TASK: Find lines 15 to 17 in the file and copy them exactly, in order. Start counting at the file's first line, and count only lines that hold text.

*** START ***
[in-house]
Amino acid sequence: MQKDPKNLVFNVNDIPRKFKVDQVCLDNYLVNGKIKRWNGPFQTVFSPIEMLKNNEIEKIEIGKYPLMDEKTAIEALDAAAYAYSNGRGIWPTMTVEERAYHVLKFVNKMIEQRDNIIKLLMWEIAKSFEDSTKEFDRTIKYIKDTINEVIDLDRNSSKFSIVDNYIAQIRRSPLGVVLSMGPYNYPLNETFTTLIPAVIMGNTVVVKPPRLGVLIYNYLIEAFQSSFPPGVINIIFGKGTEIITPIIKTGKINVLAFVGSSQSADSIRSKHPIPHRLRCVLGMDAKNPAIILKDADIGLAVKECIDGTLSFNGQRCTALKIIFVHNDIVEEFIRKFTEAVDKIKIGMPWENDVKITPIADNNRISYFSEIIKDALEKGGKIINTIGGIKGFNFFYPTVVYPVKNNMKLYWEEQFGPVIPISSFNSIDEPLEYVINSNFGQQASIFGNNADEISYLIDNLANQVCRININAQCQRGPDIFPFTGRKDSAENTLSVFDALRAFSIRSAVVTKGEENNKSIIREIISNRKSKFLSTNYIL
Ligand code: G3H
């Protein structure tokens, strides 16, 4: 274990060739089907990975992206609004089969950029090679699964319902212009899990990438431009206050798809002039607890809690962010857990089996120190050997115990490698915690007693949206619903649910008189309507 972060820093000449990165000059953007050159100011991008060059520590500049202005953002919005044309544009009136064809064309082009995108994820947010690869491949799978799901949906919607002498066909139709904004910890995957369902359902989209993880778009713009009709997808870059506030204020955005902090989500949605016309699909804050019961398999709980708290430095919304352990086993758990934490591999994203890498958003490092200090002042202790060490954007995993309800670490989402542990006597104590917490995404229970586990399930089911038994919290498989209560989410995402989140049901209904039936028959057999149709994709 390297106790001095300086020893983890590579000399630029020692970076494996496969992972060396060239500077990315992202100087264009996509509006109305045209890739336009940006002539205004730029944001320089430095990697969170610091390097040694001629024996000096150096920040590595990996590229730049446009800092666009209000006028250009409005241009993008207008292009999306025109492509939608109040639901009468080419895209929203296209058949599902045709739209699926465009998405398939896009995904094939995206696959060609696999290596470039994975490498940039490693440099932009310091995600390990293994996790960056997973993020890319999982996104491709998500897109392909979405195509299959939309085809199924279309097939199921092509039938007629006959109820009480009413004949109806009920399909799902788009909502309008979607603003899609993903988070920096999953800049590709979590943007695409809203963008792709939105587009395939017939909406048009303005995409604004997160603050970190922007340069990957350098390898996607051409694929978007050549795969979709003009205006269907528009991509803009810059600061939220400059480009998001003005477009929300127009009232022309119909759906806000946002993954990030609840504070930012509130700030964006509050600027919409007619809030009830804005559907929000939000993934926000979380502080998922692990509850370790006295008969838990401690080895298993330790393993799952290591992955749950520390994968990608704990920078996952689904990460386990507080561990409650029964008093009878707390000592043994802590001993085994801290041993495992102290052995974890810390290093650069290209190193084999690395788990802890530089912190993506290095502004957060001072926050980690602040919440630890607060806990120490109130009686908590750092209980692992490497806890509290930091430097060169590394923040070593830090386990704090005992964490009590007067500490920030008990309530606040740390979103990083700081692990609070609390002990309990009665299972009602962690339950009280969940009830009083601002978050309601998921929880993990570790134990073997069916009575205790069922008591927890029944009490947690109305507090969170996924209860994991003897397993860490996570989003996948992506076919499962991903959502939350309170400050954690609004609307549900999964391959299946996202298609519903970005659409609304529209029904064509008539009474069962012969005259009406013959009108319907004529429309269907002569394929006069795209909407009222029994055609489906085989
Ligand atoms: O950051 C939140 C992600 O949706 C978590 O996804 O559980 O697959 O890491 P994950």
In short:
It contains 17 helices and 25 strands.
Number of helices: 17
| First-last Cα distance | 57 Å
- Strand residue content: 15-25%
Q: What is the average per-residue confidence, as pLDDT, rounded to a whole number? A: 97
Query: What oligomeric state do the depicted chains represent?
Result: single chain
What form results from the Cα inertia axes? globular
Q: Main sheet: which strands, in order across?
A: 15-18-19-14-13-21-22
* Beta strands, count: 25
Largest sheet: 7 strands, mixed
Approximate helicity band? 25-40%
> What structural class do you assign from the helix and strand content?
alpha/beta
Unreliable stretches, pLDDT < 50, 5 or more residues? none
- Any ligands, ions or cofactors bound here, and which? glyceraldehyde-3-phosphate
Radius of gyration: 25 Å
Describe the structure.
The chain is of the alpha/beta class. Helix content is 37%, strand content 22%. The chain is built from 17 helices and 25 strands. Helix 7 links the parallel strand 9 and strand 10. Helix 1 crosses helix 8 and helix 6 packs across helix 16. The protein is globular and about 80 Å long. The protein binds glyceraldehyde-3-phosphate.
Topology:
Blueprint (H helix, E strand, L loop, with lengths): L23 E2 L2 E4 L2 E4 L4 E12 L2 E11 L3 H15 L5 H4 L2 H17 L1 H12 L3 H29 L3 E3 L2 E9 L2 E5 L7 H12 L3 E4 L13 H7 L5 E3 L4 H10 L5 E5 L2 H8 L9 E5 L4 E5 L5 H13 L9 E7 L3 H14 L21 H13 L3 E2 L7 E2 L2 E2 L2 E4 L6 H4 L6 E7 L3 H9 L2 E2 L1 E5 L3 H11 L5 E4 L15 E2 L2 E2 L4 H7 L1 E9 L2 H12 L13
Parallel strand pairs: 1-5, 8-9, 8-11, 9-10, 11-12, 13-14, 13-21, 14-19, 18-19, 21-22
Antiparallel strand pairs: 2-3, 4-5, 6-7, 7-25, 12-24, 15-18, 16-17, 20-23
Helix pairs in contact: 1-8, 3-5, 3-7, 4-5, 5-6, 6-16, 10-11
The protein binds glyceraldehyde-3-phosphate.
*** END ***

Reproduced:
Q: Main sheet: which strands, in order across?
A: 15-18-19-14-13-21-22
* Beta strands, count: 25